Tuesday, March 28, 2006

Family Legacy

Rachel, Luke, and I were out in the "sticks" this past weekend, wisiting my parents. I fill in as a preacher sometimes at several small, country congregations in that area and had been asked to deliver the message Sunday. So, we decided to go down and make a weekend of it. While we were there, my family had what we call a "Music Making".

I've mentioned them on here before, but this was a really good one. We had 13 musicians and over 50 people there, total. There were fiddles, a banjo, guitars, my good old bass, a harmonica player, and plenty of singers. Before the music making began, my Dad, Uncle Tommy, Uncle Bob, and I were all cleaning out my Dad's woodshop. Dad's a carpenter by trade and has his shop in what we call "The Old House".

The Old House also happens to be where he and his siblings were born. While we were sweeping up the sawdust and moving the tools to the back room, my Uncle Bob and I got to talking about writing and music. Uncle Bob has written several family biographies based on stories and recordings of my granparents and other family members. He also lived in Nashville for several years, trying to break nto song writing. He has written hundreds of songs for several instruments including dobro, banjo, guitar, and of course voice.

Over the last decade and a half, though, Uncle Bob has suffered from major depression brought on by the deaths of his father and oldest brother, the birth of his little boy who has a debilitating disease, an ugly divorce, and his failure to make it in his life-long love of music. He's just now starting to rise back out of the depths and it's wonderful to see.

"Come here, Josh. I want to show you something," he said during a break in our conversation.

I followed Uncle Bob to my Dad's finishing room, expecting him to show me something Dad had built. When he opened the door to the finishing room, I saw a beautiful, cypress box, well-finished and smooth.

"I built this box to fill with all of my books, written music, and CDs of my songs. If you don't mind, I'd like to give it to you so you can pass it down to Doctor Luke (he calls my son Doctor Luke)."

All I could say was, "I'd be honored."

Uncle Bob went on to say that he knew I liked to write and make music and that he figured I was the person to pass down the treasures of our family. I plan to give the chest a special home in our house.

Years from now, when my children ask me about what the box means, I'll show them the gifts of writing and music in my life.

We all have these opportunities. Don't let them pass you by.


Jamison said...

I think it is a shame that, in our society, ones success as a musician or songwriter is almost measured by what has gotten on the radio...

There are probably thousands of men like Uncle Bob who are a genius song writer and musician, yet dont need the lights and glamour of Hollywood or Nashville.

Passing thoughts and ideas from one family member to the other was probably like winning a Grammy to him.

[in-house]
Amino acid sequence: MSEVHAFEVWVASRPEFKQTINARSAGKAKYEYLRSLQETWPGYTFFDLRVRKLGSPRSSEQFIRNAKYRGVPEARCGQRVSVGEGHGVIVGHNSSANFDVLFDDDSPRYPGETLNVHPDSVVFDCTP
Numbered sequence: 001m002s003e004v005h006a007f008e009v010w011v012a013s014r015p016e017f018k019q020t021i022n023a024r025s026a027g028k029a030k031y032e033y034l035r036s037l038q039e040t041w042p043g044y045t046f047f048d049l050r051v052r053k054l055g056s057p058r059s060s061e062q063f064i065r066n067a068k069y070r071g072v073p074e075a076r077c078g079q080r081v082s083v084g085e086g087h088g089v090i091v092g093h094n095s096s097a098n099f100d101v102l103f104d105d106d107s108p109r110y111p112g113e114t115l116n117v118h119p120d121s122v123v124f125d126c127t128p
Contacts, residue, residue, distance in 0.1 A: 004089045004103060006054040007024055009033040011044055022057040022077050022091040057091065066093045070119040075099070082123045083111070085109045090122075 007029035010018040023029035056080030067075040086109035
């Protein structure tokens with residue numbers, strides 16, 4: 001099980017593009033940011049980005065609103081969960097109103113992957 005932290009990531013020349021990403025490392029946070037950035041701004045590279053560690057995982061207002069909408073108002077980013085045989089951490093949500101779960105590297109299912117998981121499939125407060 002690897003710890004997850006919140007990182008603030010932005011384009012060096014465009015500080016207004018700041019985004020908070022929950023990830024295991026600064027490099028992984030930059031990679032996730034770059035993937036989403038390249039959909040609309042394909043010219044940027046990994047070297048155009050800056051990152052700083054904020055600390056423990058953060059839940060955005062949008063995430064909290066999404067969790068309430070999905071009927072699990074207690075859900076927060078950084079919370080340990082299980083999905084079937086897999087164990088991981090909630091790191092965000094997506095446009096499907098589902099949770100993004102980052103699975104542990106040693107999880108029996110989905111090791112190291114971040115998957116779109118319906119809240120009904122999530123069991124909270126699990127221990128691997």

bigsip said...

I can't even begin to explain how much of an honor it is to me.

My post is completely inadequate in explaining how much it means.

This is his Opus. This body of work means more to him and our family than almost anything.

It's better than a Grammy. I agree with you, Jamison. I'm glad he'll at least get some sort of recognition.

mullinz8 said...

Dude you have to go one better. You MUST buy a tape recorder or something and have him record as many of those songs as possible.

I know you said he’s got some CD’s and things and that’s wonderful. You need to document the rest of the material. You really should record the music making too. Luke will find them fascinating someday.

My uncle LB on Dad’s side was a bit of a musician and played locally for years. He cut a few 45’s and I’ve got one go along with the memories of seeing him play at some local dives. Loving music like I do I wish I had an opportunity to hear more of his stories and experience more of his music before he “retired.”

I know that Jules adopted father has a notebook of the songs his father wrote while “working for the state” and wishes he could remember how they are all supposed to sound.

VERY cool now matter what.

Just imagine how your dad feels knowing you’re the holder of such a family tradition. What a proud pappa.

bigsip said...

We've been recording family musicc makings since there were things you could record on.

My dad transferred some music makings from reel-to-reels not long ago onto CDs and we have already transferred past cassettes in the same way.

ALL of my uncle Bob's recordings will be in that box. That is EVERY song he wrote, all on CD.

We taped the music making the other night and plan to put it and everyother one on CD, too.

Chronicling this type of stuff is all a part of our heritage.

The records are cool, mullins! You should xfer that to CD, too!

I'm way excited about the legacy box, man. It'll be another of those priceless artifacts of family history.

Brewster said...

This is very cool sip.

bigsip said...

Thanks, Brew.

I know it's something really special to me and it probably doesn't stir emotions in most other folks as much as it does in me.

But, I think it's important to have a heritage and to celebrate it. Everyone can do that.